NBA should have fixed flawed replay system years ago
The red flag of NBA video review has been waving for several years.
Near the end of the 2009-10 season, while the Bulls battled for the No. 8 playoff seed, they played a game in New Jersey. Clinging to a 2-point lead in overtime, Derrick Rose drove into the lane, lost the ball out of bounds and the officials initially ruled Bulls ball.
But first they checked the replay.
The video showed a Nets guard – Devin Harris, if my memory is correct – reaching in from behind, grabbing Rose’s arm and causing him to lose the ball out of bounds. It was as obvious a foul as you’ll ever see and the referees missed it.
But replay doesn’t apply to missed fouls. And since Harris got all arm and no ball, Rose was the last player to touch it before it went out of bounds. The Nets got possession, tied the game and eventually won in double overtime.
The point of any sport using video review should be to get the call right. I think everyone can agree on that. But the NBA somehow developed a system that not only forces referees to make the wrong call, it highlights the fact that they got the call incorrect, because everyone can see it on replay. This idiotic system has somehow remained in place for five years.
It’s a hot topic again, thanks to Tuesday’s L.A. Clippers-Oklahoma City game. If you didn’t see it, the Thunder made a furious late-game rally after trailing by 13 points with 4:13 left and by 7 with 49 seconds remaining.
After a Kevin Durant layup cut the Clippers’ lead to 104-102 with 17 seconds left, Thunder guard Reggie Jackson came up with a loose ball, drove to the basket and lost the ball out of bounds as he was shooting. Referees called OKC possession.
But first, they went to replay. It looked like Jackson was fouled by Clippers forward Matt Barnes. Some might use the “hand is part of the ball” argument, but Barnes got plenty of wrist as he slapped the ball out of Jackson’s control. Then it looked like the ball touched Jackson’s hand again before going out of bounds.
After looking at the replay, the officials gave the ball to Oklahoma City. Clippers coach Doc Rivers howled about the decision during and after the game, but the correct ruling would have been to give Jackson 2 free throws.
So the Clippers got a break in one sense, since the refs missed the foul, but messed up when Chris Paul fouled Russell Westbrook during an ill-advised 3-point attempt a few seconds later. Westbrook made all 3 free throws with 6.4 seconds on the clock and the Thunder won 105-104, taking a 3-2 lead in the series.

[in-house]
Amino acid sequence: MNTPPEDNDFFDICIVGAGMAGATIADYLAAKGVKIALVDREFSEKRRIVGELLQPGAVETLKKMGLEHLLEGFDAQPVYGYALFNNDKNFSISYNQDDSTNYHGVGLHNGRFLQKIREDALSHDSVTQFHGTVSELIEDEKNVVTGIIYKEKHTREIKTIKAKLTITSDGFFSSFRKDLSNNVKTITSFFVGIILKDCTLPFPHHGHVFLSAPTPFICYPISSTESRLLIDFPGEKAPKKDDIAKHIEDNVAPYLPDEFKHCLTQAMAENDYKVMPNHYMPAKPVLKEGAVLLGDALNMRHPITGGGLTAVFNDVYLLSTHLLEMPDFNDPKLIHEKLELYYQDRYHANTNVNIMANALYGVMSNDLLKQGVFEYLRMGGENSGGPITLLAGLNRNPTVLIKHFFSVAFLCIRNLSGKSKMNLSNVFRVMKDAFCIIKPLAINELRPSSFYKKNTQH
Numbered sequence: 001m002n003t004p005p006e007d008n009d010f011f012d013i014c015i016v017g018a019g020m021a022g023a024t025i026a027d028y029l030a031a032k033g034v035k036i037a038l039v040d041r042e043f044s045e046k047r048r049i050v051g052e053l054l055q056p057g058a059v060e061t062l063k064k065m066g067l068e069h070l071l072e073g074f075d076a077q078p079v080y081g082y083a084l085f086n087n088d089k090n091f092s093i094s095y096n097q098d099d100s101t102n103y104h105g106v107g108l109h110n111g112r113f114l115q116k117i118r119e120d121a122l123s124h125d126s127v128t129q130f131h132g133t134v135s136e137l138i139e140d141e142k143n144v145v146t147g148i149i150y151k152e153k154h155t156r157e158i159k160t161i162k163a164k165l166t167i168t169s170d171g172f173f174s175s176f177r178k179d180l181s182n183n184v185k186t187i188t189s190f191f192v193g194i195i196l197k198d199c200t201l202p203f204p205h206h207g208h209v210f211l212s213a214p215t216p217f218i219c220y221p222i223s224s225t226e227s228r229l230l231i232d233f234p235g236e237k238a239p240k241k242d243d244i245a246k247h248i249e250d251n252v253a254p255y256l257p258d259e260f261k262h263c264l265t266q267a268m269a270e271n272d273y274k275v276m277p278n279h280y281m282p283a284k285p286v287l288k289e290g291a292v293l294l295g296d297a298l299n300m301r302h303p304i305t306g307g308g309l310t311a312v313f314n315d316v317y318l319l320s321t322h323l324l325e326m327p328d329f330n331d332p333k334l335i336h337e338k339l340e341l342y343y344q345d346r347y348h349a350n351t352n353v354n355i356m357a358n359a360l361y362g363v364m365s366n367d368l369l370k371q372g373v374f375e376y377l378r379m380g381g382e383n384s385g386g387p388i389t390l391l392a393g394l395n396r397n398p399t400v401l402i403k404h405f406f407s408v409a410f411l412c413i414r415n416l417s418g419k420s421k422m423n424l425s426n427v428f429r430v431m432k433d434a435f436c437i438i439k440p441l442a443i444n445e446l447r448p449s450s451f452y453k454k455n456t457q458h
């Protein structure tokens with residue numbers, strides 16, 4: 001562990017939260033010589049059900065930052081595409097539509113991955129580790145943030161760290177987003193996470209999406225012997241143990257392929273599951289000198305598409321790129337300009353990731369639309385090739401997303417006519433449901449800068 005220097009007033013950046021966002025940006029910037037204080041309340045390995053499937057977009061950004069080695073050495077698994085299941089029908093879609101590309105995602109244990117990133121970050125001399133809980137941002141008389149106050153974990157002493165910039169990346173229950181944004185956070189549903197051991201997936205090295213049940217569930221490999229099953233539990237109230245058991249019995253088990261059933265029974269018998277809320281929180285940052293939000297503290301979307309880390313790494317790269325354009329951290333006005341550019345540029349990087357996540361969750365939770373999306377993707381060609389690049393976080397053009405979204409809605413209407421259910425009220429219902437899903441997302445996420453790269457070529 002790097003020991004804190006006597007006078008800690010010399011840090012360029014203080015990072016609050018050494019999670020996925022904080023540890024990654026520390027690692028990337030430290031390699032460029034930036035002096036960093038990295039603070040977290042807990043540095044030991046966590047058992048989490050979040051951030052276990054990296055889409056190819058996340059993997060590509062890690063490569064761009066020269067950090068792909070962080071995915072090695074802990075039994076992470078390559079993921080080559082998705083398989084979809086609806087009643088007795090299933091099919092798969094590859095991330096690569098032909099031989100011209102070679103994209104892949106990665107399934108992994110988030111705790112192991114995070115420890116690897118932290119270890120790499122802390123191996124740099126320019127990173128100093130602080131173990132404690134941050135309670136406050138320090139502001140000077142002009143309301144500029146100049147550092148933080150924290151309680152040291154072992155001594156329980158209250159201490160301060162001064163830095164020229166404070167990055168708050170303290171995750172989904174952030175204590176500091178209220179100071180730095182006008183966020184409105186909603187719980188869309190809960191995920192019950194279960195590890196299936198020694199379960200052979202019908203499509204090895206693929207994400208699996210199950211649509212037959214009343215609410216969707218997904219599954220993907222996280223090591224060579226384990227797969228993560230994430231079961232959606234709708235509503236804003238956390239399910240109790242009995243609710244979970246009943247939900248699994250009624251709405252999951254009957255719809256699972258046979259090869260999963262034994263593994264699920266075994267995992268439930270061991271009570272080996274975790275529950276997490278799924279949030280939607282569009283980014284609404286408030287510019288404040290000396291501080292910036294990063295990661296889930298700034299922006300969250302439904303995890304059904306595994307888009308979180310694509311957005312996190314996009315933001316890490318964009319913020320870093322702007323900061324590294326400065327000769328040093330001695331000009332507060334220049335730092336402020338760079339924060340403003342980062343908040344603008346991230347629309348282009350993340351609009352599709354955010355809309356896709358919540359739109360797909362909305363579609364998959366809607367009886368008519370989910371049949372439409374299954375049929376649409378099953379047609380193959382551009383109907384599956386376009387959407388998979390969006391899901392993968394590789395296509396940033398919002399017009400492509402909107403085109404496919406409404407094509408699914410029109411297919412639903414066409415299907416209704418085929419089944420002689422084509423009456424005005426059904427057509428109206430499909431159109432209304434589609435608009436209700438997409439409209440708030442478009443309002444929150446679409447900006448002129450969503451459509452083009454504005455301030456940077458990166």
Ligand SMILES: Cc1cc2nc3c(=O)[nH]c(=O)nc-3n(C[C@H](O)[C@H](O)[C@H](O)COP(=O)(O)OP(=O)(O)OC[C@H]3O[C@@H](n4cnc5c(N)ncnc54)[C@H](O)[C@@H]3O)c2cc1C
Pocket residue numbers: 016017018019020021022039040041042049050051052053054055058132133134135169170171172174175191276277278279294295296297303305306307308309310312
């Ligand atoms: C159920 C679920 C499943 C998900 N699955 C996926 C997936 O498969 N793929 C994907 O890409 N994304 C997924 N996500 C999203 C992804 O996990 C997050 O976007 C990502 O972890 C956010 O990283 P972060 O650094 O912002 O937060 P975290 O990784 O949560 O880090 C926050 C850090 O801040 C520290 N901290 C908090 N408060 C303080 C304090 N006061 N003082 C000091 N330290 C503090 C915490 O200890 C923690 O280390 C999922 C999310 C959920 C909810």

There was an even more egregious example of “replay shows a missed foul” during Game 1 of the Clippers-Golden State series in the first round. Late in a close game, Paul was clearly fouled by Warriors forward Draymond Green near the sideline and lost the ball out of bounds. Officials originally gave the ball to the Clips, but reversed the ruling after looking at the replay.
One of the golden rules of basketball is don’t let a game hinge on one call. The Clippers have plenty of reasons to blame themselves for blowing the late lead on Tuesday.
NBA referees generally do an excellent job. Just watch a few college games and you’ll quickly learn to appreciate NBA refs. But this video system ends up making them look incompetent.
At the start of every season, the league has a media availability session with referees, to help explain rules and points of emphasis.
In 2010, I went to one of those and brought up the Rose replay issue against New Jersey. Joey Crawford happened to be on hand that night and we had an interesting back-and-forth that went nowhere. One of his responses was, “Not everyone would say there was a foul.” Well, yes they would, but we didn’t have a replay handy to review.
Video replay on out of bounds calls began with the 2009-10 season. Here’s a quote from former NBA vice president Stu Jackson on the topic of calling fouls based on replay reviews:
“If we begin to get into an area where we start to review foul calls, you get into a situation where, which calls do you review?” Jackson told The Associated Press in 2010. “How many of them do you review? Do you review at certain parts of the game, the entire game? Now you start to effectively infringe upon the look of the game and the timing of the game, and we want to avoid that as much as possible.”
Jackson doesn’t have that job anymore, but it’s really not that hard. Review the same plays the league is now, and if they see a foul on replay, call the foul. Get it right and everyone will be happy.
If the league wants to speed up the game, get rid of the ridiculous clear-path foul and the needless replay reviews that rule creates.